Effects of dietary supplementation with different concentration of molasses on growth performance, blood metabolites and rumen fermentation indices of Nubian goats
BMC Veterinary Research volume 16, Article number: 411 (2020)
Molasses is a potential energy supplement; extensively used to improve growth performance, milk and meat characteristics in goats at relatively low concentrations of 5–40% of the diet. Few data are available concerning feeding molasses to goat kids; therefore, the current study aimed to investigate the effects of dietary supplementation with higher concentrations of molasses on growth performance, blood metabolites and rumen fermentation indices. Twenty male Nubian goat kids (4–6 months old; 9–10 kg BW) were randomly assigned to 4 groups receiving different concentration of molasses: 0% (M-0), 30% (M-30), 40% (M-40) and 45% (M-45) for 5 weeks. Feed (DFI) and water intake (DWI) were measured daily, while the blood and rumen liquor samples were collected weekly.
The DFI increased and feed conversion ratio (FCR) decreased in all molasses-supplemented groups (P ≤ 0.05), whereas DWI increased in M-30 and decreased in M-45 (P ≤ 0.05). The final BW and average daily gain (ADG) increased (P < 0.0001) in groups M-30 and M-40 compared to the control and M-45. Blood pH was significantly influenced by dietary molasses concentration (MC) and the duration of molasses supplementation (MD), where it decreased in groups M-30 and M-45 compared to the control and M-40 (P < 0.05). The MC had no significant effect on blood Hb, HCT, TLC, albumin, [K+], AST, ALT and total protozoa count (TPC), as well as ruminal-[Na+], [K+], strong ion difference concentration ([SID3]) and [NH3]; however, only [NH3] was significantly affected by MD and the interaction between MC and MD (MC × MD). Serum TP, globulins, [Na+] and [Cl−] increased (P ≤ 0.05) in all supplemented groups, while A/G ratio and [SID3] decreased (P ≤ 0.05). Ruminal pH decreased (P < 0.0001) in M-40 and M-45 compared to the control and M-30. However, [VFAs] increased (P < 0.04) in M-30 and M-40 compared to the control and M-45, while osmolality increased (P ≤ 0.05) in M-30 compared to the other groups.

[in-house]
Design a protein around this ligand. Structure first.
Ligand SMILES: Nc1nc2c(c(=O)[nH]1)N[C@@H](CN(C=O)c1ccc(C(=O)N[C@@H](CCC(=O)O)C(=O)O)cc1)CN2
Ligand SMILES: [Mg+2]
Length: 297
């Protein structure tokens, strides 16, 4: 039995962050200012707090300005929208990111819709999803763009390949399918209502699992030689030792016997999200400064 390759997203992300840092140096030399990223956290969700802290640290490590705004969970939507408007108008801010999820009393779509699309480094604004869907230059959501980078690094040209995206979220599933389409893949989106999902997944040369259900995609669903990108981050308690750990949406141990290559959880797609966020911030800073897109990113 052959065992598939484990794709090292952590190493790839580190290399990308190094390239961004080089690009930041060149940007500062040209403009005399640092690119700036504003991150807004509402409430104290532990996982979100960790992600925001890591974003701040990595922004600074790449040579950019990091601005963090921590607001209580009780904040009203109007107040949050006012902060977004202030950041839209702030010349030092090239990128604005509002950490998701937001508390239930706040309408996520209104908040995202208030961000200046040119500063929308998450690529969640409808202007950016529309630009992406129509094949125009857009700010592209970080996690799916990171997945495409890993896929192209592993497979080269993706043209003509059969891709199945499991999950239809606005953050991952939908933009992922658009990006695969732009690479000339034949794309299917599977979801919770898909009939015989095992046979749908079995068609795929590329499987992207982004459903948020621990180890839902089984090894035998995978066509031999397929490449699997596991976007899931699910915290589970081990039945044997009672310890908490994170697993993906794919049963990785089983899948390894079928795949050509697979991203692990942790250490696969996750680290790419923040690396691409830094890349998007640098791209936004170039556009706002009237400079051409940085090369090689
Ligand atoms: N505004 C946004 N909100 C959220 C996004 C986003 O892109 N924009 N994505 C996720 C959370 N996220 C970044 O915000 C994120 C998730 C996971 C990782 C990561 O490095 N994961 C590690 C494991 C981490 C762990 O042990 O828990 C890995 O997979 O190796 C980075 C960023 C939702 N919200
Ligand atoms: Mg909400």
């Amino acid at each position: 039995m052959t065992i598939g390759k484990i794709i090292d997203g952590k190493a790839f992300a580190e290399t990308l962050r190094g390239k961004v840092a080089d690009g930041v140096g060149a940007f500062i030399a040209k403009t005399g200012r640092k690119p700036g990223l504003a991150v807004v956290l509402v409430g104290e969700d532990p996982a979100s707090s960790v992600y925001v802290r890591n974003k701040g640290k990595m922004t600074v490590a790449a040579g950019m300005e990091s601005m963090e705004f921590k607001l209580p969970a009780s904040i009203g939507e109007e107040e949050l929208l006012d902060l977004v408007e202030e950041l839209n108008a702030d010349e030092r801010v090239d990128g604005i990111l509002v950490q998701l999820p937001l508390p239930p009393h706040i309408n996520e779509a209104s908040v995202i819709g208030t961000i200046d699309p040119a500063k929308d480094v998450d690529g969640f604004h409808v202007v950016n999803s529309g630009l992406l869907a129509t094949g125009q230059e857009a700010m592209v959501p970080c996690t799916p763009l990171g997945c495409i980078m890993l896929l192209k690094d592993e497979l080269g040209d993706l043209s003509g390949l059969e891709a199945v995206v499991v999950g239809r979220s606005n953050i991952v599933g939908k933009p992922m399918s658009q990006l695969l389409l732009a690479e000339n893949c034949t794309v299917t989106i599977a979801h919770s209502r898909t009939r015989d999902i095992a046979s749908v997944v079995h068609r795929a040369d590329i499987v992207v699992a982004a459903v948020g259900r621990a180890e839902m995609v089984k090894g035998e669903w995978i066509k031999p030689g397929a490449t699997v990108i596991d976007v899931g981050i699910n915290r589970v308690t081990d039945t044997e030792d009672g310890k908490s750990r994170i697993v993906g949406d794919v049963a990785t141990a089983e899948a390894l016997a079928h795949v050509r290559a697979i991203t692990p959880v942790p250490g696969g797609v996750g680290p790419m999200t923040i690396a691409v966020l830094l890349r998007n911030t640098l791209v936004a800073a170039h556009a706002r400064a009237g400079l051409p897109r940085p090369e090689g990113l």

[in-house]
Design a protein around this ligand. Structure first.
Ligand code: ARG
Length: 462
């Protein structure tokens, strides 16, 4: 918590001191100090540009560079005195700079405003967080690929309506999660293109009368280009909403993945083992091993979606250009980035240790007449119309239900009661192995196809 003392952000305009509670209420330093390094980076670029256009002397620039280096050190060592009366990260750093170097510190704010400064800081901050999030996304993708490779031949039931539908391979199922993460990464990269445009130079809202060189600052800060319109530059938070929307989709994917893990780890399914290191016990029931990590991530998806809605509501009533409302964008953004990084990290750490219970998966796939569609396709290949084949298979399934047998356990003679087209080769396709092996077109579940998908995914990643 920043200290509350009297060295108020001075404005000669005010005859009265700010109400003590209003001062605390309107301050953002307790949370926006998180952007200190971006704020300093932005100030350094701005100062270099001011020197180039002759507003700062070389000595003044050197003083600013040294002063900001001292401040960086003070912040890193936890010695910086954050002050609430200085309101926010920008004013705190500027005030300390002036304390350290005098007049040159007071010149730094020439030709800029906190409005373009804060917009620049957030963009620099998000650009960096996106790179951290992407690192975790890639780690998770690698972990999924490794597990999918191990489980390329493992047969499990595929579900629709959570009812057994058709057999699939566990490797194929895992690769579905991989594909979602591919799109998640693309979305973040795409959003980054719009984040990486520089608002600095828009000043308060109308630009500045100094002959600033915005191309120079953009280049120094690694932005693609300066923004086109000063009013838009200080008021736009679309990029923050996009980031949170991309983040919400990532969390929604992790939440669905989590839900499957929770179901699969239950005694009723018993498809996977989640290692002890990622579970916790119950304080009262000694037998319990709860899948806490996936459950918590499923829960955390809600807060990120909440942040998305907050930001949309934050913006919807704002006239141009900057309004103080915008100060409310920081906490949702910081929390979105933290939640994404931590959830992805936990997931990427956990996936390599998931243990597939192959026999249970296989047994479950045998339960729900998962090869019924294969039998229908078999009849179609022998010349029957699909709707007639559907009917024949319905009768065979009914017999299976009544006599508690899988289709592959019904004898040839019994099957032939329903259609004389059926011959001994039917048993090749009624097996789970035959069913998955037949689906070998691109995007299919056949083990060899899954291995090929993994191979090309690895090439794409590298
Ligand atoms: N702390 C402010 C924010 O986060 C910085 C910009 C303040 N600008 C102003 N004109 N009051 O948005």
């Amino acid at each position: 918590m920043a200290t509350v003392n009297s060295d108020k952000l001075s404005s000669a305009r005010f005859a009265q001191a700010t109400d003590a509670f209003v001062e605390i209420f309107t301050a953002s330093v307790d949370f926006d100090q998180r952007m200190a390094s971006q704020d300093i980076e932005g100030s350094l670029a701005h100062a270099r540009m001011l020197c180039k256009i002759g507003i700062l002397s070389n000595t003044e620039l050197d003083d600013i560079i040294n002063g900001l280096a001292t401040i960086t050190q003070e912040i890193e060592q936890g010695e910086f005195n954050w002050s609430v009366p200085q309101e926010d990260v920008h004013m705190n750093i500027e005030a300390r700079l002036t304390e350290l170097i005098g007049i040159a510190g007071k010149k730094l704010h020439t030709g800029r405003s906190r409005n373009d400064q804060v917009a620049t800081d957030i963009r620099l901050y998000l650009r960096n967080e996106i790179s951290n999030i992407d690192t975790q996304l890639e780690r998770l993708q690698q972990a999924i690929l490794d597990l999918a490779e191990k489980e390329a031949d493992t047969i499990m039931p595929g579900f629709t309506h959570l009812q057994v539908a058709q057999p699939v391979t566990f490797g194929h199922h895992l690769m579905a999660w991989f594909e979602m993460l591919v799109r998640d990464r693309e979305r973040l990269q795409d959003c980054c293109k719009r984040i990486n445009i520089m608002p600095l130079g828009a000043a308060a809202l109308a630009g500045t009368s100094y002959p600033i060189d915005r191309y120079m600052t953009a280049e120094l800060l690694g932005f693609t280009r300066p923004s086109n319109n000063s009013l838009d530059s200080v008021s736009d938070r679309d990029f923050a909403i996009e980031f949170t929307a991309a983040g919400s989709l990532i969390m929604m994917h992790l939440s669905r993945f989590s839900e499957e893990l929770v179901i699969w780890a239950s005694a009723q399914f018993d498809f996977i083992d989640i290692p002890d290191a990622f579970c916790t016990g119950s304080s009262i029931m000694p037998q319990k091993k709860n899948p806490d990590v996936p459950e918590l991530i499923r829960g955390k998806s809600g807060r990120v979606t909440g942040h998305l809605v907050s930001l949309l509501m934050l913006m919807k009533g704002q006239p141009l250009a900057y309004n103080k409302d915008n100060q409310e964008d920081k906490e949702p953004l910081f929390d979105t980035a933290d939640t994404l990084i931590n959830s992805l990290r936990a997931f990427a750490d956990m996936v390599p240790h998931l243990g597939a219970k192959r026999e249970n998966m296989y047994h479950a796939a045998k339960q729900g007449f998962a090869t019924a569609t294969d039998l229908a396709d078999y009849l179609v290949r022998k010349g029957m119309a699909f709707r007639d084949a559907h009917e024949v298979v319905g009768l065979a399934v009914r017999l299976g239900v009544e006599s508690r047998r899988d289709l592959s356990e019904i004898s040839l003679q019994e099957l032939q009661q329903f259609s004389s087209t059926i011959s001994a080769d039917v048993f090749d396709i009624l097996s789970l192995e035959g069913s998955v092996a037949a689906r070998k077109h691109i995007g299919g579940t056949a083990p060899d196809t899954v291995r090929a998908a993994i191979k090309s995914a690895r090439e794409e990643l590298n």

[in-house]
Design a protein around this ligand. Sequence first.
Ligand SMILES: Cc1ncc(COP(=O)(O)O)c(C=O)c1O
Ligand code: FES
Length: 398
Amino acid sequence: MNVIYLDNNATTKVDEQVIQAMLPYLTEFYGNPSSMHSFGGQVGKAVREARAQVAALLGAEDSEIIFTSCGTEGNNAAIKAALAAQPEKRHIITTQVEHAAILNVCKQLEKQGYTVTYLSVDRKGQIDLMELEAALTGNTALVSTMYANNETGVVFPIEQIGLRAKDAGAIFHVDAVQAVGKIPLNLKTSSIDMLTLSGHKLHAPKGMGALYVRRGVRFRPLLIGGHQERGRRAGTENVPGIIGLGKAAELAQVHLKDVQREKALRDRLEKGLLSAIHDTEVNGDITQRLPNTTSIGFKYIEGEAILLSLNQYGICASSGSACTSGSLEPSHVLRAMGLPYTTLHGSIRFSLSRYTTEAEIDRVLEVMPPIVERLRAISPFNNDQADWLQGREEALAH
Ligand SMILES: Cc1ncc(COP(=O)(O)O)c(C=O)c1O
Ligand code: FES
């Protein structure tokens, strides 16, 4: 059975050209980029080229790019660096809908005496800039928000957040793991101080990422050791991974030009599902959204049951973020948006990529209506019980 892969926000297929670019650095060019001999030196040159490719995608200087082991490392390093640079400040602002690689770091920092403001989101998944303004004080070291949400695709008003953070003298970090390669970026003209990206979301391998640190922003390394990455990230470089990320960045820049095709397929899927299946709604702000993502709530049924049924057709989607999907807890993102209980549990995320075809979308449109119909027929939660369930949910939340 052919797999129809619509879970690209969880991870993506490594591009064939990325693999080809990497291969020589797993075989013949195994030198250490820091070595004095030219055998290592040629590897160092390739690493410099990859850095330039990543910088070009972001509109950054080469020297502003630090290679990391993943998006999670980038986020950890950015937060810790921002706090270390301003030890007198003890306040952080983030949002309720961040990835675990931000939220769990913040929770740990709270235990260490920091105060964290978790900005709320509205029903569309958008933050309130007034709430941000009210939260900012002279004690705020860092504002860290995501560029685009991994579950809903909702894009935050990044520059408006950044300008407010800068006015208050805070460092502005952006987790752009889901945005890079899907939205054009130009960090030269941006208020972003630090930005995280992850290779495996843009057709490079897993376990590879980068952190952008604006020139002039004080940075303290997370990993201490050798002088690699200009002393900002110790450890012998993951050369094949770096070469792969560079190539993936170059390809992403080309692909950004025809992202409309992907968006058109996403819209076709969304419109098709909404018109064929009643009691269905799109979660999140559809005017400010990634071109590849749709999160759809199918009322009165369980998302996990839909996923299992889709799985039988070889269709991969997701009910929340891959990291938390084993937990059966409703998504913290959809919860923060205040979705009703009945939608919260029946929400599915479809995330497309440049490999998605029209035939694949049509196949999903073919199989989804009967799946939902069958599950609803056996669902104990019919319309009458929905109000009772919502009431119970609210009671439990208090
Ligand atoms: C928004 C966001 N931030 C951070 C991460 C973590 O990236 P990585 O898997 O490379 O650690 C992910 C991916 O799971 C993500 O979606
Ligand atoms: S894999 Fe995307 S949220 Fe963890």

Dietary supplementation with molasses at a concentration of 30% for 3 weeks improved growth performance, protein metabolism and rumen fermentation without compromising animal health, immunity, and electrolytes and acid-base homeostasis.
Goats (Capra hircus) play an important and critical role in the communities’ livelihood in arid and semi-arid regions in addition to their contribution to human food security by producing milk and meat, and for providing leader and manure as a fertilizer [1, 2]. Therefore, goats are recommended livestock in tropics with minimal maintenance and low water requirements [3,4,5]. The total population of goats in Sudan is estimated to be 31.44 million heads , which are mainly distributed in all agro-ecological zones from arid Northern regions to humid Southern Sudan. Goats in Sudan are classified into four distinct and well-known ecotypes as Nubian, Desert, Nilotic, and Mountain goats . The Nubian goats are widely distributed in arid and extreme arid areas in Northern Sudan , which are considered the main dairy breed among the other goat breeds.